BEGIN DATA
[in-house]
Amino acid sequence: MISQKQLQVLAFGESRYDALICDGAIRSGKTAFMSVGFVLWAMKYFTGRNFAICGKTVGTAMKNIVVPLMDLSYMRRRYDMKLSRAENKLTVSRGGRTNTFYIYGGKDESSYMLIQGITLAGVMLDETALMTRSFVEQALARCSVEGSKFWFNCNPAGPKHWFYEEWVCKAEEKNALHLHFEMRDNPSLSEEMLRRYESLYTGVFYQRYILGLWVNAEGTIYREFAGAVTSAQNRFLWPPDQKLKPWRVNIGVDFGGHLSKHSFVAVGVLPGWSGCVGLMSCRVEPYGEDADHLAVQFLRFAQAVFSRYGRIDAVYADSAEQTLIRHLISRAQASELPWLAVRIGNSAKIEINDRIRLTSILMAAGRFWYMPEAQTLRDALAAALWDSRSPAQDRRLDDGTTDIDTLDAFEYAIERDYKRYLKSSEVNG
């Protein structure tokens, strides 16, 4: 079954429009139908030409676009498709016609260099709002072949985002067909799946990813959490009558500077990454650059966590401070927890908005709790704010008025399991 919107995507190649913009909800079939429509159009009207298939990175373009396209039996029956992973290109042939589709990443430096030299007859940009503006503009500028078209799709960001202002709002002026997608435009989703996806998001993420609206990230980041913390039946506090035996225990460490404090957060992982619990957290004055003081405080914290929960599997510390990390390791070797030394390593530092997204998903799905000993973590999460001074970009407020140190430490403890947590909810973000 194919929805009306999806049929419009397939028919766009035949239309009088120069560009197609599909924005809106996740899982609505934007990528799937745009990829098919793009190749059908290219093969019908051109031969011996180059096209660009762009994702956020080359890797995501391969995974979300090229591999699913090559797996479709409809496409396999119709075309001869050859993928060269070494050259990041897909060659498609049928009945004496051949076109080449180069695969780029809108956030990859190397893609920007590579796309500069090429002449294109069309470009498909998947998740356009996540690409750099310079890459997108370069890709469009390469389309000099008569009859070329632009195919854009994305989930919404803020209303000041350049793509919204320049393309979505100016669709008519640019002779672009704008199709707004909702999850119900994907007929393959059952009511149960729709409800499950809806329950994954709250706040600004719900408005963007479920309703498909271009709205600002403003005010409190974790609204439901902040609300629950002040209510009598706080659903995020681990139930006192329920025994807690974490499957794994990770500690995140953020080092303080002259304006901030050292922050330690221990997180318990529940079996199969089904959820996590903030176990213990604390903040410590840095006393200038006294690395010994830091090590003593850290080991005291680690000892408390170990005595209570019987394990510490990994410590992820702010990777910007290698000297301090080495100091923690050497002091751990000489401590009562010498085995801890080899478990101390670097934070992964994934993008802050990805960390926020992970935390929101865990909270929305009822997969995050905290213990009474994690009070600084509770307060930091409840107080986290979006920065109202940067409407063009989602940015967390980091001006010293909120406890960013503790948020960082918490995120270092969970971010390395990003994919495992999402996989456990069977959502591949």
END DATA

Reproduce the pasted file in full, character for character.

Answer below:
[in-house]
Amino acid sequence: MISQKQLQVLAFGESRYDALICDGAIRSGKTAFMSVGFVLWAMKYFTGRNFAICGKTVGTAMKNIVVPLMDLSYMRRRYDMKLSRAENKLTVSRGGRTNTFYIYGGKDESSYMLIQGITLAGVMLDETALMTRSFVEQALARCSVEGSKFWFNCNPAGPKHWFYEEWVCKAEEKNALHLHFEMRDNPSLSEEMLRRYESLYTGVFYQRYILGLWVNAEGTIYREFAGAVTSAQNRFLWPPDQKLKPWRVNIGVDFGGHLSKHSFVAVGVLPGWSGCVGLMSCRVEPYGEDADHLAVQFLRFAQAVFSRYGRIDAVYADSAEQTLIRHLISRAQASELPWLAVRIGNSAKIEINDRIRLTSILMAAGRFWYMPEAQTLRDALAAALWDSRSPAQDRRLDDGTTDIDTLDAFEYAIERDYKRYLKSSEVNG
């Protein structure tokens, strides 16, 4: 079954429009139908030409676009498709016609260099709002072949985002067909799946990813959490009558500077990454650059966590401070927890908005709790704010008025399991 919107995507190649913009909800079939429509159009009207298939990175373009396209039996029956992973290109042939589709990443430096030299007859940009503006503009500028078209799709960001202002709002002026997608435009989703996806998001993420609206990230980041913390039946506090035996225990460490404090957060992982619990957290004055003081405080914290929960599997510390990390390791070797030394390593530092997204998903799905000993973590999460001074970009407020140190430490403890947590909810973000 194919929805009306999806049929419009397939028919766009035949239309009088120069560009197609599909924005809106996740899982609505934007990528799937745009990829098919793009190749059908290219093969019908051109031969011996180059096209660009762009994702956020080359890797995501391969995974979300090229591999699913090559797996479709409809496409396999119709075309001869050859993928060269070494050259990041897909060659498609049928009945004496051949076109080449180069695969780029809108956030990859190397893609920007590579796309500069090429002449294109069309470009498909998947998740356009996540690409750099310079890459997108370069890709469009390469389309000099008569009859070329632009195919854009994305989930919404803020209303000041350049793509919204320049393309979505100016669709008519640019002779672009704008199709707004909702999850119900994907007929393959059952009511149960729709409800499950809806329950994954709250706040600004719900408005963007479920309703498909271009709205600002403003005010409190974790609204439901902040609300629950002040209510009598706080659903995020681990139930006192329920025994807690974490499957794994990770500690995140953020080092303080002259304006901030050292922050330690221990997180318990529940079996199969089904959820996590903030176990213990604390903040410590840095006393200038006294690395010994830091090590003593850290080991005291680690000892408390170990005595209570019987394990510490990994410590992820702010990777910007290698000297301090080495100091923690050497002091751990000489401590009562010498085995801890080899478990101390670097934070992964994934993008802050990805960390926020992970935390929101865990909270929305009822997969995050905290213990009474994690009070600084509770307060930091409840107080986290979006920065109202940067409407063009989602940015967390980091001006010293909120406890960013503790948020960082918490995120270092969970971010390395990003994919495992999402996989456990069977959502591949």